As of January 15, the partial government shutdown has been the longest in US history, with no end in sight, due to a war in Washington over funding for a Mexican border wall. All non-essential government services have ceased. As the entire nation is affected largely, we see local consequences.
Valley Forge is a unit of the National Parks System and deemed a non-essential service, therefore remaining fully unstaffed, other than a temporary visitor center. Federal employees will not patrol the park, provide tours or information, or collect trash. There is no maintenance of roads or walkways, which could be dangerous with snow and ice. Restrooms will not operate or be provided, except for those at the visitor center, which only remain open for a limited amount of time per day. The National Park Service has warned, “park visitors should use extreme caution if choosing to enter,” due to limited emergency and rescue services.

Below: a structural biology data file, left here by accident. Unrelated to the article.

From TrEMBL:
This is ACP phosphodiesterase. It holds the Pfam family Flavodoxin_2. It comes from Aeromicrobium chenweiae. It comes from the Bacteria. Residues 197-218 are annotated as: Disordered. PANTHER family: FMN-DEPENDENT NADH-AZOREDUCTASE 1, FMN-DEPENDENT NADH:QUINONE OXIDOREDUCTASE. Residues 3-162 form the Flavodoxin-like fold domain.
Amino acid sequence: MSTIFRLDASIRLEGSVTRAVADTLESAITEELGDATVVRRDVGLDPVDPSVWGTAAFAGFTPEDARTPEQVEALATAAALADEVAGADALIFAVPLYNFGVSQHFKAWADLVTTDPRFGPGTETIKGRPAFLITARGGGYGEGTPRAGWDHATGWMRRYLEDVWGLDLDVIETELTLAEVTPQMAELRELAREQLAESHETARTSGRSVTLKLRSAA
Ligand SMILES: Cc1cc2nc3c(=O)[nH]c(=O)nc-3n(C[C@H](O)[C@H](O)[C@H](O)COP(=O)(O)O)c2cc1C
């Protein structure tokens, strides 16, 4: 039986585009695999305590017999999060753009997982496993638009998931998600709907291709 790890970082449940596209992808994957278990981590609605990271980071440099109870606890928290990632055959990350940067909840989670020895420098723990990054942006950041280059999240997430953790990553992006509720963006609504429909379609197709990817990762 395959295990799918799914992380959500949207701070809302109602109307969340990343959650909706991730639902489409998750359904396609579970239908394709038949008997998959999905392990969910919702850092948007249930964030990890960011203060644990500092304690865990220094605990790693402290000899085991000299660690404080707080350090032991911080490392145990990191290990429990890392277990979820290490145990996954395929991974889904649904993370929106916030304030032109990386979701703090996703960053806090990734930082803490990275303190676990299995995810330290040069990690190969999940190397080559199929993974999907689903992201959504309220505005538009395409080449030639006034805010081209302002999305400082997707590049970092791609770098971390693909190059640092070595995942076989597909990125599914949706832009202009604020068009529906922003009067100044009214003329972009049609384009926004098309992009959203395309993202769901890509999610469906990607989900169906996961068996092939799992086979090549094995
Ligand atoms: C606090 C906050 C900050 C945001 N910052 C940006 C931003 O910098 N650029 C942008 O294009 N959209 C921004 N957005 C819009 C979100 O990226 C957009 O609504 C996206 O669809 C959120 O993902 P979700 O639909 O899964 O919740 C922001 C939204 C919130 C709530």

SNAP, the Supplemental Nutrition Assistance Program, is our federal form of food stamps distributed to 1,800,000 Pennsylvanians. SNAP benefits are given on EBT cards, working like debit cards for food. Due to the partial shutdown, Pennsylvania will be issuing food benefits early on or before January 20. City officials stated on January 16, “Benefits you would normally get in February will instead be issued on January 18. This is not a bonus! You won’t get more SNAP until March at the earliest.” This is essentially two months worth of EBT credit to be spent within two months, but applied earlier than usual. The state has cautioned recipients to budget with this in mind. The Department of Health and Social Services has said, “our hope is to be back on the regular schedule beginning in March.” Hopefully, for our nation’s sake, their predictions are correct.